Good to Know!

As licensed Property Managers assisted by a knowledgeable staff, we are here to ensure we are always operating within the boundaries of tenant landlord laws.

What is Normal Wear & Tear

When considering how to define normal wear and tear, one thing to keep in mind is your state or city’s local legislation. Oregon law defines normal wear and tear as any deterioration resulting from normal use. This doesn’t include any damage that might have occurred due to an accident, carelessness, negligence, or abuse. 

Generally, normal wear and tear involves any of the following: 

  • Slight damage to the walls, including nail holes, chips, scratches, smudges, or dents. It can also encompass faded paint or slightly damaged wallpaper.
  • Carpet thinning or fading, or scuffed floors from normal walking. 
  • Doors that stick or don’t close as well as they used to. 
  • Warped cabinet doors.
  • Worn or scratched enamel in the bathroom. 
  • Normal appliance wear. 

This isn’t an all-encompassing list of normal wear and tear, but it’s a good start as to what it entails. If your unit feels “well-loved” with dings and scratches but no severe damage by the time your tenants move out, it’s considered normal wear and tear. 

Property Damage

While wear and tear can be difficult to classify, you’ll usually recognize outright damage when you see it. Damage involves in-your-face problems, usually as a result of careless action or negligence. This may include:

  • Water stains or other water damage caused by tenant action. 
  • Holes, stains, or burns on the carpet, or scratched/gouged wood floors.
  • Paint colors or wallpaper that you didn’t approve. 
  • Wide holes in the wall or an excessive number of nail holes. 
  • Doors or windows and window coverings  broken due to abuse.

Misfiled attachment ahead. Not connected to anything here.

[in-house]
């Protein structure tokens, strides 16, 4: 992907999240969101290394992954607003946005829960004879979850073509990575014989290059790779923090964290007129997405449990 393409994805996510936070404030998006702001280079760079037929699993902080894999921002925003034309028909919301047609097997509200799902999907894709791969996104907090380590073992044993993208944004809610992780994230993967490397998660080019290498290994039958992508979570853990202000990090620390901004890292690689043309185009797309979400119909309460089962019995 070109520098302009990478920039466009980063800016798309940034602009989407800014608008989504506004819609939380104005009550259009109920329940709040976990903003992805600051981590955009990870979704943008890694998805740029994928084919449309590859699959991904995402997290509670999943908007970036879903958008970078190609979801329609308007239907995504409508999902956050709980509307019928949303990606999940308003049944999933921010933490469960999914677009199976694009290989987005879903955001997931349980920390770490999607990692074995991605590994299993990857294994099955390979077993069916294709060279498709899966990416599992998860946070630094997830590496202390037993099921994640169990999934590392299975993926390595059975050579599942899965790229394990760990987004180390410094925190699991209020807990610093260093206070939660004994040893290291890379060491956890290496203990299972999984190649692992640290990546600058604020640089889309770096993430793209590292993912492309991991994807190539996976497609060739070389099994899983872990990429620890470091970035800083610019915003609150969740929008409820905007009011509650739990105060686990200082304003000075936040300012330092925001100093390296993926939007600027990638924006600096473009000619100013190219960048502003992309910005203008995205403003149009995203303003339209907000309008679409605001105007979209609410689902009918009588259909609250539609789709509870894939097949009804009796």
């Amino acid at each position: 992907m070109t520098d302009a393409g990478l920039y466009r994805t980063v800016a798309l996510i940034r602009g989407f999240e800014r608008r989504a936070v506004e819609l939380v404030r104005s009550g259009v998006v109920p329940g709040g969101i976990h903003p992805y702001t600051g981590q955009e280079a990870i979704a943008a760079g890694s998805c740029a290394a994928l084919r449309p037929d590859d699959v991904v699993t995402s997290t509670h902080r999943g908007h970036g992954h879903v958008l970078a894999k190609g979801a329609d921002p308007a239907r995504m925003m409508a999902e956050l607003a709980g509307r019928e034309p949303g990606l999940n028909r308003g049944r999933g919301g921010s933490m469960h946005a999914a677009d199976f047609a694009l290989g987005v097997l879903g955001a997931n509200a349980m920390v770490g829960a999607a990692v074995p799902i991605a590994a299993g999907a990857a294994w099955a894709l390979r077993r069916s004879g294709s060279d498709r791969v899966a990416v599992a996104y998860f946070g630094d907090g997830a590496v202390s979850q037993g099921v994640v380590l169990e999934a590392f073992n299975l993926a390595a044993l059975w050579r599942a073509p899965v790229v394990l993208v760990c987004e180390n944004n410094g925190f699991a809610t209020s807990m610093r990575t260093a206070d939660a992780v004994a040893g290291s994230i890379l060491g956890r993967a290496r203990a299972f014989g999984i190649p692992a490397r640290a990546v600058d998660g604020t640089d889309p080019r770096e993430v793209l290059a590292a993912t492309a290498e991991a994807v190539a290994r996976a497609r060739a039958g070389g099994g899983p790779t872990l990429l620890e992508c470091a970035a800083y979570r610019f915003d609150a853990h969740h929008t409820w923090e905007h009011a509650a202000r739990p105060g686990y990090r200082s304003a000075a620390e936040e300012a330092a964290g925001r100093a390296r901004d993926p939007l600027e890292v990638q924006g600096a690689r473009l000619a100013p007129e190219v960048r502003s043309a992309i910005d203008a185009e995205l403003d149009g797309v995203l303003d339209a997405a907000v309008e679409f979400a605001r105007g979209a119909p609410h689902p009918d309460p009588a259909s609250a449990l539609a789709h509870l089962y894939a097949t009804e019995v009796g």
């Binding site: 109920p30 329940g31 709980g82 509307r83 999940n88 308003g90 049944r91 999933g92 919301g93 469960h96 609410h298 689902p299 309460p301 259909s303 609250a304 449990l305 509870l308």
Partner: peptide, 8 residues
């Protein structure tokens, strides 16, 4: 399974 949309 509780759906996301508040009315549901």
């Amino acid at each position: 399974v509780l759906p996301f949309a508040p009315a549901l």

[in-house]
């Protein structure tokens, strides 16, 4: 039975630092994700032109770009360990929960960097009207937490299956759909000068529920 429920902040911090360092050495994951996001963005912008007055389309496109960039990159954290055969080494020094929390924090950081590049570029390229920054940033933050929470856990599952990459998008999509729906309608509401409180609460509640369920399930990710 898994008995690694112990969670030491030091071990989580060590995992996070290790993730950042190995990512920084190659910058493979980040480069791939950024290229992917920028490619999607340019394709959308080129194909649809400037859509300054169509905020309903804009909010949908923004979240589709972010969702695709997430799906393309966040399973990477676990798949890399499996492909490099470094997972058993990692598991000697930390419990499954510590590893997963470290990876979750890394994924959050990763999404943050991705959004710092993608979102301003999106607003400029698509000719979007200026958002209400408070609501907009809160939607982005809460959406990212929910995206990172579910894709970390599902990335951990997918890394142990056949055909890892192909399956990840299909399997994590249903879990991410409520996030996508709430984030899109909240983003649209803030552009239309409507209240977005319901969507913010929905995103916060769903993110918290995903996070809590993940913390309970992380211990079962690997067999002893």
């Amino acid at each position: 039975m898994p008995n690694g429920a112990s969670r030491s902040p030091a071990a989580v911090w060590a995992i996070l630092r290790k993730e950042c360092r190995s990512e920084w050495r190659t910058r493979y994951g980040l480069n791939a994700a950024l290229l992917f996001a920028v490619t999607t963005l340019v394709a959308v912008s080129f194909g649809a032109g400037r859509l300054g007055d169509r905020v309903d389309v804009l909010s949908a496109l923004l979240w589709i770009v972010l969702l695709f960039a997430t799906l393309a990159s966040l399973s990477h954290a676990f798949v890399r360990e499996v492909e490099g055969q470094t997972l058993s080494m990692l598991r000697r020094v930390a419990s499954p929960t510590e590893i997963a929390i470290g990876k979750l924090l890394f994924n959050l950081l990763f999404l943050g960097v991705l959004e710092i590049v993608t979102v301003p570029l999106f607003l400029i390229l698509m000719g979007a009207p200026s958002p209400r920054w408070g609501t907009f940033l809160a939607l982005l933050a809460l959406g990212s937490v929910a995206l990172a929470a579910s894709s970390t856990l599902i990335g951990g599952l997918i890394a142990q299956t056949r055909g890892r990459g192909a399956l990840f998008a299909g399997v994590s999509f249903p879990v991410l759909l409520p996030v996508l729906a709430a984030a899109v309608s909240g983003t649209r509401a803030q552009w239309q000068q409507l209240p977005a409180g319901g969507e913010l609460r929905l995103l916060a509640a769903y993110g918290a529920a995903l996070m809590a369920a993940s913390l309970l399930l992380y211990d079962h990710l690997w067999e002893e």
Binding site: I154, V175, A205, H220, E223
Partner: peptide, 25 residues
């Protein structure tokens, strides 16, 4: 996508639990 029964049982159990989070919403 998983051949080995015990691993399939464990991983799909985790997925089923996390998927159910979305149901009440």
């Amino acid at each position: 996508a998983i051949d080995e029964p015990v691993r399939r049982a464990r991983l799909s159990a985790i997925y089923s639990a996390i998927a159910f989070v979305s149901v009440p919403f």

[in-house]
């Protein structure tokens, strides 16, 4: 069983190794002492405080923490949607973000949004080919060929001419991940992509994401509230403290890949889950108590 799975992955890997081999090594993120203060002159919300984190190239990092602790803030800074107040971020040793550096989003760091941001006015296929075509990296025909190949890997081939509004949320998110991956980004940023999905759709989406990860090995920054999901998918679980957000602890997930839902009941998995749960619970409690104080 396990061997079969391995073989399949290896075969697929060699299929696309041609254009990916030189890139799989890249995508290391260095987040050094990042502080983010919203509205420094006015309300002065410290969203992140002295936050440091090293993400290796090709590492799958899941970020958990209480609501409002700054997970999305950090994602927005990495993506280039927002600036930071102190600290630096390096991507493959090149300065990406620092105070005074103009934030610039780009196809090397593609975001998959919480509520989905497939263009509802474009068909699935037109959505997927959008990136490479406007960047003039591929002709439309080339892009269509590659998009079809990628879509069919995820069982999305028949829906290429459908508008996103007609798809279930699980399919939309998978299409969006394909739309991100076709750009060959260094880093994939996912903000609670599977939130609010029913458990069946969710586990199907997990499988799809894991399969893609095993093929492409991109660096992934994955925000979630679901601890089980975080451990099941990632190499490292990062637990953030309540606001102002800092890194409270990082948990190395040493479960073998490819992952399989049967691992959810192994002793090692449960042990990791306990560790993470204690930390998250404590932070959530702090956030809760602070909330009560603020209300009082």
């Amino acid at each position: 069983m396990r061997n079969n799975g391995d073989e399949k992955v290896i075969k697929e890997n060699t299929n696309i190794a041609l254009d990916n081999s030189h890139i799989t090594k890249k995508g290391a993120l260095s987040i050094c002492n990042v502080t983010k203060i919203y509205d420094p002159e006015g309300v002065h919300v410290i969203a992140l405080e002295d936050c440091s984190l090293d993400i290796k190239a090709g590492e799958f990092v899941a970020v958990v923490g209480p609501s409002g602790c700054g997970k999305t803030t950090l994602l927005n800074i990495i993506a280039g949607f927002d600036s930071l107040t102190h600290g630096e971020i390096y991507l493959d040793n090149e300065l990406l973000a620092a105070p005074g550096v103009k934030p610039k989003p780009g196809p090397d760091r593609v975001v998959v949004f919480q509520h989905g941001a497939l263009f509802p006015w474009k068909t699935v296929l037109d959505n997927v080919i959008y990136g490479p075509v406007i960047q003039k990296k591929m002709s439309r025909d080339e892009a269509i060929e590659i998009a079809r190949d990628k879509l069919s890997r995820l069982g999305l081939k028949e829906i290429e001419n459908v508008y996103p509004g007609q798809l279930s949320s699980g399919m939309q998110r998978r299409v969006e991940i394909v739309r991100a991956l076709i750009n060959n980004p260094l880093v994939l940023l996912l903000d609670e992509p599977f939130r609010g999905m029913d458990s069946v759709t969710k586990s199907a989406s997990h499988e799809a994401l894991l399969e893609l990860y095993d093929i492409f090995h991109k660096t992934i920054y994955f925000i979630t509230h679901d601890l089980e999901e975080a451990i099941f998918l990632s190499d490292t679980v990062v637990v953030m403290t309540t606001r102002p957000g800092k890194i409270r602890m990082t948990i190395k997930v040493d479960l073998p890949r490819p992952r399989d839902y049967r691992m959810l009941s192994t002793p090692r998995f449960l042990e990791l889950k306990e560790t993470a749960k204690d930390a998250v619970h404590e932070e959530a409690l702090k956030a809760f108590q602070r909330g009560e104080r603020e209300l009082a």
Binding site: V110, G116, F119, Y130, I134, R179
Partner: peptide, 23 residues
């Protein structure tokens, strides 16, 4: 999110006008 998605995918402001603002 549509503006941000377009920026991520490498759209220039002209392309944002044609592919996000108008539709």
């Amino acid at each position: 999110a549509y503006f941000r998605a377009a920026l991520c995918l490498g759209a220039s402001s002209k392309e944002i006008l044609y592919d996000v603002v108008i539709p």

• Cracked or damaged mirrors or tiles in the bathroom. 
  • Appliances damaged from misuse or neglect rather than everyday use. 

Damage is usually caused by your tenant using your property in a way not permitted in the lease. Whether or not it was caused by the tenant themselves or a guest, child, or pet, damage caused while they were renting your unit means that you may be able to deduct it from your tenant’s security deposit.

Know Your Way Around Oregon Property Law

The Most Important Things to Remember:


As an Oregon landlord, you can legally deduct the following from your tenant’s security deposit, when relevant: unpaid rent, damage caused by a breach of lease, repairs other than those to correct normal wear and tear, and any other factors you may have included in your lease.

You may not retain your last month’s rent as part of the security deposit. It can only be used to cover any outstanding rent your tenant still owes you when they move out. 


Oregon law gives landlords 31 days to return a security deposit. If a government agency terminates your rental agreement due to unsafe living conditions, you must return the deposit in 14 days. 

When you return part of your tenant’s security deposit, you must also provide an itemized statement of deductions. 


While many aspects of carpet deterioration are considered normal wear and tear, you’re allowed to charge a carpet cleaning fee if cleaning the carpet of dirt or other stains requires more than a standard vacuum cleaner. However, you need to have specified cleaning fees in the rental agreement or the cleaning required to return your rental to its initial condition aside from normal wear and tear.


Also keep in mind that routine maintenance between tenants will include many standard cleaning and repair tasks that you’ll need to undertake between tenants, no matter how careful they were with your property. You should always expect to spackle and re-paint the walls and ensure the home is clean and ready for a new tenant. You cannot deduct the cost of routine maintenance from your tenant’s security deposit. 

Evictions, Lease Breaks & Security Deposits

The thought of an eviction is scary, we know! Do not worry though, we are here for you. SauCo Properties coordinates evictions on behalf of our landlord clients, and will work diligently with the courts to gain possession of the property as soon as we can.


Per our lease agreements, the lease break fee is equal to 1.5 times the monthly rent. This lease break fee is transferred to the homeowner. The tenant lease term is initially 12 months, unless otherwise requested. 

SauCo Properties holds the security deposit in a non-interest bearing client trust account. 


Once the tenant vacates, the deposit is conditionally refundable less any cleaning and damages beyond normal wear and tear. If the tenants leave the property owing more than what the deposit covers, they will be billed. If they do not pay, the balance owed will be turned over to a collections agency.

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